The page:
Star Trek’s Holodeck has just became a little closer to reality with news researchers from the University of Tokyo have developed a technique that allows 3D holograms to be “touched”. By blending a holographic display, a couple of Nintendo Wiimotes and an ultrasound phenomenon called acoustic radiation pressure, the researchers were able to create the Airborne Ultrasound Tactile Display. A system that can give the feeling of holographic raindrops hitting an outstretched hand or a virtual creature running across a palm.
The Airborne Ultrasound Tactile Display consists of three elements.
- Seeing: The Provision holographic display, which produces floating images from an LCD screen using a concave mirror. These projected images appear to float around 30 cm away from the display surface.
- Tracking: The hand-tracking technology, which makes use of the infrared camera found in the Nintendo Wiimote and a retroreflective marker placed on the tip of the user’s middle finger. Although camera-based and marker-less hand-tracking technologies are easy to come by these days, the researchers chose a Wiimote-based system for simplicities sake. Infrared LEDs illuminate the marker and two Wiimotes sense the 3D position of the finger, thereby allowing the user to handle to floating virtual image with their hands.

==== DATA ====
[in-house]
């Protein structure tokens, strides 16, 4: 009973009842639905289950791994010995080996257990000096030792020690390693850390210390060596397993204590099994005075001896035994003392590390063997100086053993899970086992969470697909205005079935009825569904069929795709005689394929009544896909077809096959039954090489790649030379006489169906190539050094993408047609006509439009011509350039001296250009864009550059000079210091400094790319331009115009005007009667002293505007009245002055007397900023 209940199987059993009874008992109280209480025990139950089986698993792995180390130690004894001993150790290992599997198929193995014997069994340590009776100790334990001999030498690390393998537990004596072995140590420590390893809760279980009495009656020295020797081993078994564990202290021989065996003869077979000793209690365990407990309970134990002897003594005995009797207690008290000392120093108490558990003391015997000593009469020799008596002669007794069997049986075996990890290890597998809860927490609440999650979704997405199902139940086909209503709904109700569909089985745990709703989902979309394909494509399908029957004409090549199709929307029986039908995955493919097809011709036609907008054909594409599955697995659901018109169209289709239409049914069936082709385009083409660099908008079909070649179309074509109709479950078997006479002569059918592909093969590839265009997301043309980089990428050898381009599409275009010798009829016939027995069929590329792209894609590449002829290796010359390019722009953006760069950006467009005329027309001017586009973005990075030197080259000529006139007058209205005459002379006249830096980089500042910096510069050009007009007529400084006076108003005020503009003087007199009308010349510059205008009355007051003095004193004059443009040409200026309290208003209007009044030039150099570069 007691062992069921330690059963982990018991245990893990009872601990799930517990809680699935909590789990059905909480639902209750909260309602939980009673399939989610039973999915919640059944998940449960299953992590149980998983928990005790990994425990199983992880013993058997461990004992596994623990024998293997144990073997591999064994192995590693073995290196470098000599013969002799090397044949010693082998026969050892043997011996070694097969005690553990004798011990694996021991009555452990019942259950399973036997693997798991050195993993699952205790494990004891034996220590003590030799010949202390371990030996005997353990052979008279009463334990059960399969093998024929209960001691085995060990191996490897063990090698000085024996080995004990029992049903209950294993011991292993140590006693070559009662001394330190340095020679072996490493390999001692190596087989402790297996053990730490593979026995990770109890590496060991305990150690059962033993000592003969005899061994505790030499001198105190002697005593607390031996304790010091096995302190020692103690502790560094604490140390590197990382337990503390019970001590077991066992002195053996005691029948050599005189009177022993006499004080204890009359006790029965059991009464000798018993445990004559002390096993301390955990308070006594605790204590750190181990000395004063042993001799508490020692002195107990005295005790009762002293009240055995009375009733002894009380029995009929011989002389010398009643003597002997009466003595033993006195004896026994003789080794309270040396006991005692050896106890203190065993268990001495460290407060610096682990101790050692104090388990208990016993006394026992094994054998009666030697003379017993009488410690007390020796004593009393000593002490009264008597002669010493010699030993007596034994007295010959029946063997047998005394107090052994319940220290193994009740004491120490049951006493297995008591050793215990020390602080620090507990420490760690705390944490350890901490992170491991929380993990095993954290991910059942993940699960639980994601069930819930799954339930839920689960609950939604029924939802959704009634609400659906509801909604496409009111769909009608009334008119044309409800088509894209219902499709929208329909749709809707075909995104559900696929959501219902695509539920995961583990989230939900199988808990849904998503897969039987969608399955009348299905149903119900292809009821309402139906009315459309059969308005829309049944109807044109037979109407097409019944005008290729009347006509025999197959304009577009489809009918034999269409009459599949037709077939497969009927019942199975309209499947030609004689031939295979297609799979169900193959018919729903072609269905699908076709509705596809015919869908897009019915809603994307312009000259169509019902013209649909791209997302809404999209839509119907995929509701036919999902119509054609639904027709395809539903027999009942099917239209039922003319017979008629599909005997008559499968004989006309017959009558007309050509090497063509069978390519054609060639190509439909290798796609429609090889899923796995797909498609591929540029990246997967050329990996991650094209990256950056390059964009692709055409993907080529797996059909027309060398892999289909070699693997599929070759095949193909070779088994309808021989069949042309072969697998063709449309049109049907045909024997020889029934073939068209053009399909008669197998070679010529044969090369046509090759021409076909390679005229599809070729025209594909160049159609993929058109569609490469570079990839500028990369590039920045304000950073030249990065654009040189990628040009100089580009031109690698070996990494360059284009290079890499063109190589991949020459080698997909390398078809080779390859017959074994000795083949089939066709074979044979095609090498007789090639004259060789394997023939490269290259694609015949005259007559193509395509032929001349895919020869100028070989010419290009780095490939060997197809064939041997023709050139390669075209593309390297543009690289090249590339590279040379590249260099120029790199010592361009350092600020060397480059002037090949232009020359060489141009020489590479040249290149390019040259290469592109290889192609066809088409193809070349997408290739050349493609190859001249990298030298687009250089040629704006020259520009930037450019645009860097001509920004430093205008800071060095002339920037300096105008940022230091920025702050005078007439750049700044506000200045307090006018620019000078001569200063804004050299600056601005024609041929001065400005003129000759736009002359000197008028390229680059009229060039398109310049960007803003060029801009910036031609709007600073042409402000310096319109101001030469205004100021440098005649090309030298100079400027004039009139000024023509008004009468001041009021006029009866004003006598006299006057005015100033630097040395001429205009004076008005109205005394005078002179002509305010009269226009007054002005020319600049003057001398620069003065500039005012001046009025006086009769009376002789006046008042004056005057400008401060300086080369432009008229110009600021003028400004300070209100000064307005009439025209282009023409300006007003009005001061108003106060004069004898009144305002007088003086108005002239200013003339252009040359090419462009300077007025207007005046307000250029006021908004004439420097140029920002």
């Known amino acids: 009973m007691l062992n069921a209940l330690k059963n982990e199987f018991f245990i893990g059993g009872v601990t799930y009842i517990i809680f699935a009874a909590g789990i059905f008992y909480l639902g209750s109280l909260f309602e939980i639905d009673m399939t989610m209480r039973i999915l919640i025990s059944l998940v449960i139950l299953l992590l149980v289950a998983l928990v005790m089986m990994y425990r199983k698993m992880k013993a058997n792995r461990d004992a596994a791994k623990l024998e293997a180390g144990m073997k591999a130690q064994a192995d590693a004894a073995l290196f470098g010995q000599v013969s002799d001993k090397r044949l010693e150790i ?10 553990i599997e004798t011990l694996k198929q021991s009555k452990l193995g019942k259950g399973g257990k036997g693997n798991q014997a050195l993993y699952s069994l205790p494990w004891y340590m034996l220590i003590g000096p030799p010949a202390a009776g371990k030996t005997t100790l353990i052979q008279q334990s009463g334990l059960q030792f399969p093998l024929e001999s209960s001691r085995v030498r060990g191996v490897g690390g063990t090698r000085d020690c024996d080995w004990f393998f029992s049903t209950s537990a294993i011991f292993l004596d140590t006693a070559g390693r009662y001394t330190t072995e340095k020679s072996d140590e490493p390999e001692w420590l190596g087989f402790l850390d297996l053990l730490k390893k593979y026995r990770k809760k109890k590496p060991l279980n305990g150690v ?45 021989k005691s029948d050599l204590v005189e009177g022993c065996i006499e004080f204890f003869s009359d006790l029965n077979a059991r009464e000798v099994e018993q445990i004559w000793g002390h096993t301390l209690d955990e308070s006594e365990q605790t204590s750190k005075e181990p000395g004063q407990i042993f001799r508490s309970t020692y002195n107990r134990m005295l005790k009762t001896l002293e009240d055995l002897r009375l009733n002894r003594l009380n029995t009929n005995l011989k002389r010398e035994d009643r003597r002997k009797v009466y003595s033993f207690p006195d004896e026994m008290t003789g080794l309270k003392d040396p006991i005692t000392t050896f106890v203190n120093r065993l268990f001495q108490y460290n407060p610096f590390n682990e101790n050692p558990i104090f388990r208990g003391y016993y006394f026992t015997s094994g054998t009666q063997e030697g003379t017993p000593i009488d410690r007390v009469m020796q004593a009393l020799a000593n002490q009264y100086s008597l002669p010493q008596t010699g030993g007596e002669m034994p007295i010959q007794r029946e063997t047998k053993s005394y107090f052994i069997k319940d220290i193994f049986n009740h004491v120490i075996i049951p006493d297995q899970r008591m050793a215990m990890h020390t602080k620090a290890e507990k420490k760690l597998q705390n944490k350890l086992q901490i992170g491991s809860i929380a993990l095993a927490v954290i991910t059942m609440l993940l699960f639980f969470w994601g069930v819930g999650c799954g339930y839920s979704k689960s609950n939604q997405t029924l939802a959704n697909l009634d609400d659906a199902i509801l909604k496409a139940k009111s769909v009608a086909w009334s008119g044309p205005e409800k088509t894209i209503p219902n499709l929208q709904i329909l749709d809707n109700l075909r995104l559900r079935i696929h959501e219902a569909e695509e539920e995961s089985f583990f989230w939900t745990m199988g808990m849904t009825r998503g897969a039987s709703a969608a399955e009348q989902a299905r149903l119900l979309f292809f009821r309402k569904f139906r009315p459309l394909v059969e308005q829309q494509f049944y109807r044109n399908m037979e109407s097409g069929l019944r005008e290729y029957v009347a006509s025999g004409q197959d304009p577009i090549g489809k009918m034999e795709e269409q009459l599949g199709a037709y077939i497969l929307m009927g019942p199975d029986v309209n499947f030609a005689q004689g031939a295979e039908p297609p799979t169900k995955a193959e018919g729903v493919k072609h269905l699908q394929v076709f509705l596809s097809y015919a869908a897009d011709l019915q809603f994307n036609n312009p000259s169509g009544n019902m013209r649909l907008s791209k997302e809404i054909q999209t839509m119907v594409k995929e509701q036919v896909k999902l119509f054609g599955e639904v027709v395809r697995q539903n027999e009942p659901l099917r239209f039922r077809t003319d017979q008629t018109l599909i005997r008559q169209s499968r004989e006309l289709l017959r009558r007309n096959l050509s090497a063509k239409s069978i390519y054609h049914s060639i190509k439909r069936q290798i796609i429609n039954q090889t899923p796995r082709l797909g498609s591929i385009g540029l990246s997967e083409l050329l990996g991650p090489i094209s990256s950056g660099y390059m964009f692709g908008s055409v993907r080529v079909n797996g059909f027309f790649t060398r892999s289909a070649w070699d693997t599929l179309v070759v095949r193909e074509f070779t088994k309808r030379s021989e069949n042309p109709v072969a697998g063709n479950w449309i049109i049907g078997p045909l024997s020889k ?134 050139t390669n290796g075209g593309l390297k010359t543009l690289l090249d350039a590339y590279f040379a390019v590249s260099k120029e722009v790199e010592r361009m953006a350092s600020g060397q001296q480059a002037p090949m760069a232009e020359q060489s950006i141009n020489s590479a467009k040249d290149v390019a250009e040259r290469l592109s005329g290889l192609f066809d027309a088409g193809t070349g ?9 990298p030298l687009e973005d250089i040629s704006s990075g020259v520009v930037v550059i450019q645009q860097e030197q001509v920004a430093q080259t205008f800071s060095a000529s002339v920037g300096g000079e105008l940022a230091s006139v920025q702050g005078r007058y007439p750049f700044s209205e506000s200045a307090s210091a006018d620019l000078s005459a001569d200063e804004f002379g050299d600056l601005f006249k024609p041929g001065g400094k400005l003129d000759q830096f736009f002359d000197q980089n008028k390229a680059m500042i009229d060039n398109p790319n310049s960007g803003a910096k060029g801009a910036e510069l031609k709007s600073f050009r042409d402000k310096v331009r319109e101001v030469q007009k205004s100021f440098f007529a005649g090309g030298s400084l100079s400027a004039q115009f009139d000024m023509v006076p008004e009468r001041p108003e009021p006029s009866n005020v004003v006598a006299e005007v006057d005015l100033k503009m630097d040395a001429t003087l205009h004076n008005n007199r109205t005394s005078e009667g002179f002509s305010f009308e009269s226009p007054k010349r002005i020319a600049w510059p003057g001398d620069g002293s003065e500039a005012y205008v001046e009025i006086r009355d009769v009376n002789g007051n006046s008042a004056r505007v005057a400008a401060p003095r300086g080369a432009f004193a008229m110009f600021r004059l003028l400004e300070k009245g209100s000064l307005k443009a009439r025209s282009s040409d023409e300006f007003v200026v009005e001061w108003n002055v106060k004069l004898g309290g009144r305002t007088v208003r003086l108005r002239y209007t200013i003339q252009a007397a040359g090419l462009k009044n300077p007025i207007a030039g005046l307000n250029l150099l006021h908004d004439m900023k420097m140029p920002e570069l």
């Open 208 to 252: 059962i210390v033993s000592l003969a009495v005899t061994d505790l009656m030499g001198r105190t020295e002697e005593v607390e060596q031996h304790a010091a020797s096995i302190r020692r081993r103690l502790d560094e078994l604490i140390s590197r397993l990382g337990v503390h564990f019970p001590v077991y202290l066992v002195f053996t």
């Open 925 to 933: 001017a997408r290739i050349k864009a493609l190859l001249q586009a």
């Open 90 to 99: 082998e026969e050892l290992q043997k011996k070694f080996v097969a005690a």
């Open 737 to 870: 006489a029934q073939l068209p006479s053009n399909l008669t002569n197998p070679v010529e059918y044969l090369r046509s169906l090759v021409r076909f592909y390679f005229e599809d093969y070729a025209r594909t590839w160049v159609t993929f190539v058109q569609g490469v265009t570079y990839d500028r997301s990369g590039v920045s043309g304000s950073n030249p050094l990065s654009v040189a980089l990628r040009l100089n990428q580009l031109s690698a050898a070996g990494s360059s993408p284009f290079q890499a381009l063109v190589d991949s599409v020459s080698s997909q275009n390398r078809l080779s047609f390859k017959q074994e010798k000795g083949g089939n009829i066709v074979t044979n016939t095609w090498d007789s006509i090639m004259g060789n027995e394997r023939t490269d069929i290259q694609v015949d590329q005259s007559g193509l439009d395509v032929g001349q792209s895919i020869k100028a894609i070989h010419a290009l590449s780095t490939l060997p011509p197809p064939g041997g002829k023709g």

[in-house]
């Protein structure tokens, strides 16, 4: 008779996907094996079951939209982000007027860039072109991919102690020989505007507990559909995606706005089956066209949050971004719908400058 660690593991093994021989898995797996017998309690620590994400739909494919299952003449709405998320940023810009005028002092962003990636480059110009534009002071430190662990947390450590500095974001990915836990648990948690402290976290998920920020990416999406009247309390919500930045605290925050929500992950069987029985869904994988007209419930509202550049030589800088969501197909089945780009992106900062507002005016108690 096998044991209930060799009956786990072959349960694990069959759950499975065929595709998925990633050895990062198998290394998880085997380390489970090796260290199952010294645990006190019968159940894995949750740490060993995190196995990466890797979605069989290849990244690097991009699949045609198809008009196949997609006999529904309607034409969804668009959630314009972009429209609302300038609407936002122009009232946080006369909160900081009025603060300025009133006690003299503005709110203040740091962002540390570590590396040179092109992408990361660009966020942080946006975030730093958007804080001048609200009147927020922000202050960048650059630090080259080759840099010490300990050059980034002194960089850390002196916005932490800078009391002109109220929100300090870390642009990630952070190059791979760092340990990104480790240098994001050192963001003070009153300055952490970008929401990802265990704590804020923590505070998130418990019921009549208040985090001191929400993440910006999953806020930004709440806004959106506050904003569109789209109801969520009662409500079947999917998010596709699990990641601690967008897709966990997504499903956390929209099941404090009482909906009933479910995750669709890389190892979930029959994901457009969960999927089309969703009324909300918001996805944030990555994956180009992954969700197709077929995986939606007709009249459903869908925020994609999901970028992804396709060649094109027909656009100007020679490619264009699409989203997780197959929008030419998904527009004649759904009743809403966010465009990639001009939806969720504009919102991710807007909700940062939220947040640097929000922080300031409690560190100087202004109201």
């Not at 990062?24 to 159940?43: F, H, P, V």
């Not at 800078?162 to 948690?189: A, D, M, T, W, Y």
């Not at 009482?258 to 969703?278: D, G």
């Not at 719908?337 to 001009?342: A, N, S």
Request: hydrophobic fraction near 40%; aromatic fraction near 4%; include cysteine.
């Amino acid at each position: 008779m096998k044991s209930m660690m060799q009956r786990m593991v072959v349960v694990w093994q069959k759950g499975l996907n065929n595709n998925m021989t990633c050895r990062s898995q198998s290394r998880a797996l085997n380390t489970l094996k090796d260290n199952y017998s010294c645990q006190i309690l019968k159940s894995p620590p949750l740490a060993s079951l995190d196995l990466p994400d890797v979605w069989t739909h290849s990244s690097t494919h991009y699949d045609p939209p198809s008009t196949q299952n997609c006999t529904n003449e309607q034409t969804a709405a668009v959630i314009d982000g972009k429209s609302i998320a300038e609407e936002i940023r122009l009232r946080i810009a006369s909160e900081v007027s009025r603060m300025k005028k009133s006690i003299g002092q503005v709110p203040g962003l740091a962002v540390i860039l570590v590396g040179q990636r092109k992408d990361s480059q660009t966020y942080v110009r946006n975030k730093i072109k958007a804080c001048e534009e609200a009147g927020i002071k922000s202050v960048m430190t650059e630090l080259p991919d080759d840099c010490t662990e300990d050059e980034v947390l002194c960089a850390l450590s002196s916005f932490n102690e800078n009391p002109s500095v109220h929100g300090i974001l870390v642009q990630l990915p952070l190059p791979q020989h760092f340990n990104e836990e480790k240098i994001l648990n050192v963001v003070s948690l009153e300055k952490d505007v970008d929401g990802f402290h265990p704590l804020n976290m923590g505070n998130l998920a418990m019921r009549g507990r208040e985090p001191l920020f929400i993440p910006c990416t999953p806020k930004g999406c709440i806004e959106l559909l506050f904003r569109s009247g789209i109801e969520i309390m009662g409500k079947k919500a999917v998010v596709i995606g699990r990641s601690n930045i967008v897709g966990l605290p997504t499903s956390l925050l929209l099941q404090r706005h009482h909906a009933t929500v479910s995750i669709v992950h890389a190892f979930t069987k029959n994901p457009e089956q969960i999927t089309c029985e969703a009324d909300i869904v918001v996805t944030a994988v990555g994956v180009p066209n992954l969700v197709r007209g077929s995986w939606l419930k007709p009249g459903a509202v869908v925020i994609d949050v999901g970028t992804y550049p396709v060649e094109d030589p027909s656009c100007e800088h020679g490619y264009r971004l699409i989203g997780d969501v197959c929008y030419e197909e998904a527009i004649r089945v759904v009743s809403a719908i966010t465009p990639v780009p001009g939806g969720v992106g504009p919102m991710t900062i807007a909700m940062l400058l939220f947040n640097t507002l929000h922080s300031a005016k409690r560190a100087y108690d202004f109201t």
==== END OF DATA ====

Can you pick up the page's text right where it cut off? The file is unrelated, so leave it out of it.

- Feeling: Finally the Airborne Ultrasound Tactile Display provides tactile sensation onto the user’s hand. This is accomplished using acoustic radiation pressure, which allows force to be generated at the focal point of the ultrasound emitted from the tactile display. When the tactile display radiates the ultrasound the users can feel tactile sensation on their bare hands in free space with no direct contact. The current version prototype consists of 324 ultrasound transducers with individually controlled phase delays and amplitudes to allow one focal point to be generated and moved three-dimensionally.
The prototype in the video below shows a user feeling a raindrop hit their palm and feeling a small virtual creature running across their palm. Since the system doesn’t require the use of a physical object within the workspace, the appearance of the holographic images isn’t diluted.
The researchers from the University of Tokyo believe touchable holographs will find applications in video games, 3D Computer Aided Designs, amongst other uses.
Want a cleaner, faster loading and ad free reading experience?
Try New Atlas Plus. Learn more